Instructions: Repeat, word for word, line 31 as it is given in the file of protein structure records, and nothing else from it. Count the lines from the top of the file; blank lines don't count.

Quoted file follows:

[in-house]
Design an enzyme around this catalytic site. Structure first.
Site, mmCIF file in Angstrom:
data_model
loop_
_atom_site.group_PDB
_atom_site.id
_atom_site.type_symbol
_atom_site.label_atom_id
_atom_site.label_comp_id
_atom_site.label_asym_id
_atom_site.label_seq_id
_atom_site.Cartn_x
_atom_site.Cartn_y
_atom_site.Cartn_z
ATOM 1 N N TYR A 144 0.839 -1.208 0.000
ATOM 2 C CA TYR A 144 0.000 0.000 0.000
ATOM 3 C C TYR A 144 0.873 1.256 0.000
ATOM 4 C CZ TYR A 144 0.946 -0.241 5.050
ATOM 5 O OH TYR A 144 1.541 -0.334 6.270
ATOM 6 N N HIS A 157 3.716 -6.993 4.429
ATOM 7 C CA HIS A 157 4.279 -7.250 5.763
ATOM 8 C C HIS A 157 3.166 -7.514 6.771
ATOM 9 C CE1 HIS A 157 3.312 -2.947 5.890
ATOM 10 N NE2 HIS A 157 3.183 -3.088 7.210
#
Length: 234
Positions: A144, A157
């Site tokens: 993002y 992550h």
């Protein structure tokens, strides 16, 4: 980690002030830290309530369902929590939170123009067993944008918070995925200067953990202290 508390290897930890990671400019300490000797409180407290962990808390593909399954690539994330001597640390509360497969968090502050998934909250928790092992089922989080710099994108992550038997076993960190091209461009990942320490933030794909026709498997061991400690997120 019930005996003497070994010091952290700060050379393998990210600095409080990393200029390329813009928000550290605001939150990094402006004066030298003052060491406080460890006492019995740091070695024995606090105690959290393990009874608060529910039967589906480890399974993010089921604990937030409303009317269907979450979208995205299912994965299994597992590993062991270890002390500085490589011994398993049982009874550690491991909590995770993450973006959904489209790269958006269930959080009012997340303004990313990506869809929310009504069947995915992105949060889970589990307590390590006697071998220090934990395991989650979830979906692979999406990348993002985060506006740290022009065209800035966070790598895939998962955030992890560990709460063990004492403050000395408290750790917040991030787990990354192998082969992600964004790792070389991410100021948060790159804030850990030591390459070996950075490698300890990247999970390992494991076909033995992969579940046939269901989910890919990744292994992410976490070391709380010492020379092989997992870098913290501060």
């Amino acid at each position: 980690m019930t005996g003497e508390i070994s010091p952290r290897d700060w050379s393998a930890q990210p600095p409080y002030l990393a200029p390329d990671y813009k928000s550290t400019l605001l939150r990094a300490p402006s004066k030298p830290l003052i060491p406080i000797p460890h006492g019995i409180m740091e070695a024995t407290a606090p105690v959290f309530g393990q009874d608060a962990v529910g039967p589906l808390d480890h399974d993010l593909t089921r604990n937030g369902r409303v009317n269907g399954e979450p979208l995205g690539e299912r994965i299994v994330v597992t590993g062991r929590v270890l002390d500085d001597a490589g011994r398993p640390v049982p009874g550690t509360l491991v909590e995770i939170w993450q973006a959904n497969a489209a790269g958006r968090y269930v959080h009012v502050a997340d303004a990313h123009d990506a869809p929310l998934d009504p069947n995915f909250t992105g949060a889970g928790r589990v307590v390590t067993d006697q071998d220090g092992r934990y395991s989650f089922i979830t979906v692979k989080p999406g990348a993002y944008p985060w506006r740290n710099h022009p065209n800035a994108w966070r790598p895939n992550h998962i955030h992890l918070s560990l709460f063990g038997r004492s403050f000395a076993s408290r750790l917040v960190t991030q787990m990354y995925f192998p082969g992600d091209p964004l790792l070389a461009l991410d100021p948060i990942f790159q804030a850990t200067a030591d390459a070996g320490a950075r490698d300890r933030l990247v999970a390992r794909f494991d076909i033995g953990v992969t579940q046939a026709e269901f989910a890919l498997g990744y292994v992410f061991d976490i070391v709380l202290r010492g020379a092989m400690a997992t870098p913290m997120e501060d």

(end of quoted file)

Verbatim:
């Amino acid at each position: 980690m019930t005996g003497e508390i070994s010091p952290r290897d700060w050379s393998a930890q990210p600095p409080y002030l990393a200029p390329d990671y813009k928000s550290t400019l605001l939150r990094a300490p402006s004066k030298p830290l003052i060491p406080i000797p460890h006492g019995i409180m740091e070695a024995t407290a606090p105690v959290f309530g393990q009874d608060a962990v529910g039967p589906l808390d480890h399974d993010l593909t089921r604990n937030g369902r409303v009317n269907g399954e979450p979208l995205g690539e299912r994965i299994v994330v597992t590993g062991r929590v270890l002390d500085d001597a490589g011994r398993p640390v049982p009874g550690t509360l491991v909590e995770i939170w993450q973006a959904n497969a489209a790269g958006r968090y269930v959080h009012v502050a997340d303004a990313h123009d990506a869809p929310l998934d009504p069947n995915f909250t992105g949060a889970g928790r589990v307590v390590t067993d006697q071998d220090g092992r934990y395991s989650f089922i979830t979906v692979k989080p999406g990348a993002y944008p985060w506006r740290n710099h022009p065209n800035a994108w966070r790598p895939n992550h998962i955030h992890l918070s560990l709460f063990g038997r004492s403050f000395a076993s408290r750790l917040v960190t991030q787990m990354y995925f192998p082969g992600d091209p964004l790792l070389a461009l991410d100021p948060i990942f790159q804030a850990t200067a030591d390459a070996g320490a950075r490698d300890r933030l990247v999970a390992r794909f494991d076909i033995g953990v992969t579940q046939a026709e269901f989910a890919l498997g990744y292994v992410f061991d976490i070391v709380l202290r010492g020379a092989m400690a997992t870098p913290m997120e501060d």